Featured Post

Was it constitutional for Proposition 124 to replace PSPRS' permanent benefit increases with a capped 2% COLA?

In this blog I and multiple commenters have broached the subject of the suspect constitutionality of PSPRS' replacement of the old perma...

Friday, May 24, 2013

First they came for the Elected Officials Retirement Plan (EORP) . . .

This previous post discussed House Bill (HB) 2608, which would close the Elected Officials Retirement Plan (EORP) to new hires, and this article by Associated Press reporter Bob Christie, Arizona bill on politicians' pensions passes Senate on 2nd try, gives the latest information of HB 2608's progrss.

HB 2608 would lead to the eventual elimination of defined benefit pensions for elected officials and judges in Arizona.  The pension will continue for those retirees already in EORP as well as for those active members of EORP who have not yet retired, but future hires will be put into a new defined contribution plan.  As current Arizona legislators retire, lose reelection, or are term-limited out, the number of state-level decision-makers with a defined benefit pension like PSPRS will dwindle down over the years.  Judges with defined benefit pensions will also become rarer and rarer as current judges are replaced over the years.

HB 2608 will still need to return to the Arizona House to approve amendments made in the Senate and need Governor Jan Brewer's signature to be passed into law.  It has already passed in the Arizona House once and should easily pass again.  While I can find nothing that indicates the Governor's intentions, it seems unlikely that Republican legislators would have brought forth this bill without a good expectation that she would sign it.  While the passage of HB 2608 ostensibly should have no tangible impact on PSPRS since they are two separate systems, the symbolic impact of this bill is highly significant.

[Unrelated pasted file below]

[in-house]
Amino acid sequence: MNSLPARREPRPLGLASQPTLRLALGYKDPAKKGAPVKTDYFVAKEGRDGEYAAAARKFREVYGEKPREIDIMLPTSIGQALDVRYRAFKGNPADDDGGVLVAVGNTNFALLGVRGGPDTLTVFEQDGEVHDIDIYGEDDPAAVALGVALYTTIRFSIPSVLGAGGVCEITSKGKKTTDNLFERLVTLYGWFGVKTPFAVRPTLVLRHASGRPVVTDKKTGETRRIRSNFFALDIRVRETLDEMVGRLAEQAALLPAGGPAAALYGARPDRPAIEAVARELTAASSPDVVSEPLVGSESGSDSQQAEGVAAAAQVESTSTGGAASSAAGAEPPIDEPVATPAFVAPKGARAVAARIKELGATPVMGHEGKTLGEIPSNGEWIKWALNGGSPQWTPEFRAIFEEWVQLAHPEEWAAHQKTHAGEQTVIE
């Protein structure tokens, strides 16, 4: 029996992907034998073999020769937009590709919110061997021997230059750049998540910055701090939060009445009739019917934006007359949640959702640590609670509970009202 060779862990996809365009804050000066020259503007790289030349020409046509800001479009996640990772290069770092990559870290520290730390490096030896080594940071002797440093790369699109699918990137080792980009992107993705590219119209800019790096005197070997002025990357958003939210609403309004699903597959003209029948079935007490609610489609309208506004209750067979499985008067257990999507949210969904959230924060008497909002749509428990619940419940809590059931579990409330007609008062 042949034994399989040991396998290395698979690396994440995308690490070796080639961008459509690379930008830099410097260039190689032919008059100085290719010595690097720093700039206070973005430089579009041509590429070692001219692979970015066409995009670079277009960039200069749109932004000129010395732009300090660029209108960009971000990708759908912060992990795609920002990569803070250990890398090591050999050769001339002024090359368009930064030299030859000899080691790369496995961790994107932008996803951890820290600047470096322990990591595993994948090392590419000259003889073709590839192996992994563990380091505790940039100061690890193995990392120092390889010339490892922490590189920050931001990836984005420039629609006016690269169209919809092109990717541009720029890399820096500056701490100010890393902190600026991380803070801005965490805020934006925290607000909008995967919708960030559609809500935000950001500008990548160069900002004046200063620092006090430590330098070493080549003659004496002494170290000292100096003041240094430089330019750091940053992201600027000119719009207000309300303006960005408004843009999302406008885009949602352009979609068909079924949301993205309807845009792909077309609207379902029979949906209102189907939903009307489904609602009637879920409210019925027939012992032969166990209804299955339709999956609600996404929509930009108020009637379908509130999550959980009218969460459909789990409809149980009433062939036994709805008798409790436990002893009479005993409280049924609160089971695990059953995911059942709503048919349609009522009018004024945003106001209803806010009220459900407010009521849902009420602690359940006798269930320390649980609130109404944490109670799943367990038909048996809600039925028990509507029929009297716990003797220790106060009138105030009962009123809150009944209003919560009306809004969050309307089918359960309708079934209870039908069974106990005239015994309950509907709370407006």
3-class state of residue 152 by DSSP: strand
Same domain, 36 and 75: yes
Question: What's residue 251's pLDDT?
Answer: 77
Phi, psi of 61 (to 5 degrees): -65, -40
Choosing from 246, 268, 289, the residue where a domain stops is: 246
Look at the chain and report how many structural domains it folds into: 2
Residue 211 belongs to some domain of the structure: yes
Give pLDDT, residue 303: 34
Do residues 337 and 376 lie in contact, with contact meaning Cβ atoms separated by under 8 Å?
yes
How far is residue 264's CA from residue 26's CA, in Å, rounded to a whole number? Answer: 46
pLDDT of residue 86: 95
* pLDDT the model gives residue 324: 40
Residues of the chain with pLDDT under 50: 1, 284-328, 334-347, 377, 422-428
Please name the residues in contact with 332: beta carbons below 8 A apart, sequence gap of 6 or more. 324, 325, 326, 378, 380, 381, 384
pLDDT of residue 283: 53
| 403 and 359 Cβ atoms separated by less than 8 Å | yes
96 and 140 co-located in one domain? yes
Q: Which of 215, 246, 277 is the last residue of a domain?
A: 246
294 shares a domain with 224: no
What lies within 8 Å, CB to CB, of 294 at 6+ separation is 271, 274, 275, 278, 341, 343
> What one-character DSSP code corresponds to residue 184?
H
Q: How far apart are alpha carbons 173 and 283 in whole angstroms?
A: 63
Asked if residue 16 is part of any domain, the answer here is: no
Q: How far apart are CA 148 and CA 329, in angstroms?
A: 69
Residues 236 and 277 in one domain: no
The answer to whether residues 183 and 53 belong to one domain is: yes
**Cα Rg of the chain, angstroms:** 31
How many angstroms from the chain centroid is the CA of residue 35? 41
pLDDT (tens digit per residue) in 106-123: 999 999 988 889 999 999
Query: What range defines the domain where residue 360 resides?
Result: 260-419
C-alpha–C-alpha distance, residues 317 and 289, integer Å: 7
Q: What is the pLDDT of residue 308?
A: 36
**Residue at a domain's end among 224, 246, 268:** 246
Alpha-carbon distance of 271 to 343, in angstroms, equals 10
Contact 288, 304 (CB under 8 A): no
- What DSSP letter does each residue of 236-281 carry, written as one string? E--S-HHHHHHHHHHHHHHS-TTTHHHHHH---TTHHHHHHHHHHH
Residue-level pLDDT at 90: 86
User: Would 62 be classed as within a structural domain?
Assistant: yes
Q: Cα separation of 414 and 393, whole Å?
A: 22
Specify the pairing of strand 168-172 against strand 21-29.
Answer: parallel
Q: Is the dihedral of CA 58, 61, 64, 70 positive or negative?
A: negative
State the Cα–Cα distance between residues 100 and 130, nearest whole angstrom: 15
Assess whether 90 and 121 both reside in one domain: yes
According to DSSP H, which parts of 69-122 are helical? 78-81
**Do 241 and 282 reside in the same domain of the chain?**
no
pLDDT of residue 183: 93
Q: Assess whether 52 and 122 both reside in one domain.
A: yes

The legislature appears to be voluntarily giving up their own defined benefit pension.  Of course, none of those who are currently voting for it are giving up their own personal defined benefit pensions, but they are committing future legislators and judges to a less generous retirement.  This will create a two-tier system, not unlike the two-tier system in PSPRS for those hired before 2012 and those hired in 2012 and after, though the disparities between the two tiers for elected officials will be much greater than those in PSPRS.  Of course, today's legislators will save future legislators from any charges of hypocrisy if those future legislators want or need to enact more reforms to PSPRS, the Arizona State Retirement System, or the Corrections Officer Retirement Plan.  Going forward, this will be the real impact of HB 2608.

No comments:

Post a Comment

Relevant comments are welcome, but please adhere to the following rules:

1. No profanity or vulgarity.
2. No spam or advertising.
3. No copyrighted material may be posted unless you are the copyright owner.
4. Stay on topic.
5. Disagreement is fine, but please avoid ad hominem attacks.

Comments reflect the views of the authors alone, and do not reflect the opinion of this website.